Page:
Legislative Cutoff Update
February 20, 2020
Thank you for contacting your state legislators to oppose HB 1395, “Direct Contractor Liability,” which would have general or direct contractors liable for the unpaid wages and benefits of their subcontractor’s employees. Over 1,000 emails were sent by members and made a difference! BIAW will continue to work over the interim to find solutions, so workers get paid for their work, but for now, HB 1395 has officially died.
BIAW’s Advocacy Team successfully stopped other ideas at cutoff. As always, we anticipate they will be revisited in the next session:
SB 6053, Wage Liens, would allow employees to file a lien for unpaid wages against an employer’s personal or business property along with the property of any officers of the company. There is currently a system in place in Washington for employees to file wage complaints with the Department of Labor & Industries (L&I). This system mostly avoids the need for aggrieved workers to hire attorneys. Instead, it is meant to be accessible and straightforward. If it’s not meeting this goal, then L&I should look inward to improve its system rather than creating an expensive mess that benefits no one but the plaintiff’s attorneys.
HB 2564, Mandatory Safety Training: This bill would require employers working in construction to send all of their workers to Occupational Safety and Health Administration training at the employer’s cost, including wages while they attend. BIAW worked with the sponsor and instead will support a safety module about suicide prevention.
HB 2550, Net Ecological Gain: The concept of net ecological gain is defined as a standard for a land-use permit, development project, policy, plan, development regulation, or activity in which environmental impacts caused by the development are outweighed by measures taken consistent with the mitigation hierarchy. This legislation would greatly expand the authority of agencies and local governments, which is fundamentally flawed and constitutionally questionable— requiring mitigation for more than the impact would have negative effects on housing costs and property rights.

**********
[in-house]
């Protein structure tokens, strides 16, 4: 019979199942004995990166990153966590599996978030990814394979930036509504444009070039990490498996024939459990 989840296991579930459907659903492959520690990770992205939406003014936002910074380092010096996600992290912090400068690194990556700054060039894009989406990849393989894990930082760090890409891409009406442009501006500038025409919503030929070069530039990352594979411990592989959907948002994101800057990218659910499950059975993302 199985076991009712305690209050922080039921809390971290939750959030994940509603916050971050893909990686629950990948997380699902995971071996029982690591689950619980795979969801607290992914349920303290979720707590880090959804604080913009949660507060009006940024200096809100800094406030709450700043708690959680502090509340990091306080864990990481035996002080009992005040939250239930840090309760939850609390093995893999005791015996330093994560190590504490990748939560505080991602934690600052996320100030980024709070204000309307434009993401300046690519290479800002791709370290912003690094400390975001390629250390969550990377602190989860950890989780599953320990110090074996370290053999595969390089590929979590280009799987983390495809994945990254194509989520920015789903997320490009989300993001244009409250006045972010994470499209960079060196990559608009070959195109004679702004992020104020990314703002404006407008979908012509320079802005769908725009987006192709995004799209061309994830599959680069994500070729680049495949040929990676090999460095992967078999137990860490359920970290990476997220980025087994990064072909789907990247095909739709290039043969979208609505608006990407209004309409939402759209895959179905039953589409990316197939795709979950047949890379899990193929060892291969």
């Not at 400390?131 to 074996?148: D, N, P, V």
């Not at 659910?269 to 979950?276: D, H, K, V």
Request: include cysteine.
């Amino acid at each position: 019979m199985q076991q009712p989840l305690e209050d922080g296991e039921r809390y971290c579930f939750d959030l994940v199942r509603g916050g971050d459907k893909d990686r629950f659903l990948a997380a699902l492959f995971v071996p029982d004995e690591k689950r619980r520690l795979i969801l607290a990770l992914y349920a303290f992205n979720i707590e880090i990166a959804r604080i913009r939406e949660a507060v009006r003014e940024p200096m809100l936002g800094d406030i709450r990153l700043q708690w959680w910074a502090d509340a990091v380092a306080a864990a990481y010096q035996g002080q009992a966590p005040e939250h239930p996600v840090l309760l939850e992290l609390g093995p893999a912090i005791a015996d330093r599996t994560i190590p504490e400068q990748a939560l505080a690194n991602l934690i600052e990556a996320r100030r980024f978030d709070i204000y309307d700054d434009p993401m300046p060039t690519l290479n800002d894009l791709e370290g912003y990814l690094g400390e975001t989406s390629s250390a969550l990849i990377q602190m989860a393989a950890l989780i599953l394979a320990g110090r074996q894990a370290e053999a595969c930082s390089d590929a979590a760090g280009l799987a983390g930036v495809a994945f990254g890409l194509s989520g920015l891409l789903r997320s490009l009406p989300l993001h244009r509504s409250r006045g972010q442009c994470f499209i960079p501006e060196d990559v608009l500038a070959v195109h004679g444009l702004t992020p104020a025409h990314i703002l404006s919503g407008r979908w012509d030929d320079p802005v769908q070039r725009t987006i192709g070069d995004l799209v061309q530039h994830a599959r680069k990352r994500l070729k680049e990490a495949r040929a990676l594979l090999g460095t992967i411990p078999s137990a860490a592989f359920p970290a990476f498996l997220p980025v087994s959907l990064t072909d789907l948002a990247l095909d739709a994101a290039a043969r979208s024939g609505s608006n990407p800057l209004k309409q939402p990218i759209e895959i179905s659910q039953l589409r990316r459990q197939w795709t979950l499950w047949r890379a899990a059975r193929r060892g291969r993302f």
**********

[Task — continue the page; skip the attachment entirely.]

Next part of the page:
Along with the bad, fortunately, some good ideas remain on the table:
SB 6317/HB 2894, Concrete Pumping: The Dept. of Revenue (DOR) issued guidance over the summer that would require concrete pumpers to pay sales tax even if their concrete would be resold as a part of the whole building, which amounts to double taxation on the product which previously did not exist. There was very little notice to the industry and DOR delayed implementation unless the legislature acts and tells it to continue to collect these taxes when the final building is sold.
HB 2673, Reduce Redundancy for Housing: Washington must streamline and integrate the State Environmental Policy Act (SEPA) and GMA. HB 2673 streamlines SEPA and comp planning: A project that complies with the underlying comp plan would be categorically exempt—this is how it should work. Doing this eliminates costly SEPA paperwork, studies, and appeals, and would quicken the housing production pace.
HB 2687, Metrics for Attainable Housing Standards: It’s time to bring additional emphasis and clarity to the housing element requirements of GMA. Currently, local governments are required to plan for housing. Most jurisdictions are not adequately planning for every housing type identified in GMA. HB 2687 adds real housing metrics to GMA by updating the requirements for countywide planning policies. Not every city can provide every housing type in sufficient proportions to meet the needs of the community; however, unless there are policies, there is no way to know if jurisdiction is achieving their overall goals. This bill clarifies what is required; strengthens the housing element requirements to ensure cities and counties plan for each housing type appropriately. In short, this would emphasize the need to not only plan for the population but also specific housing types.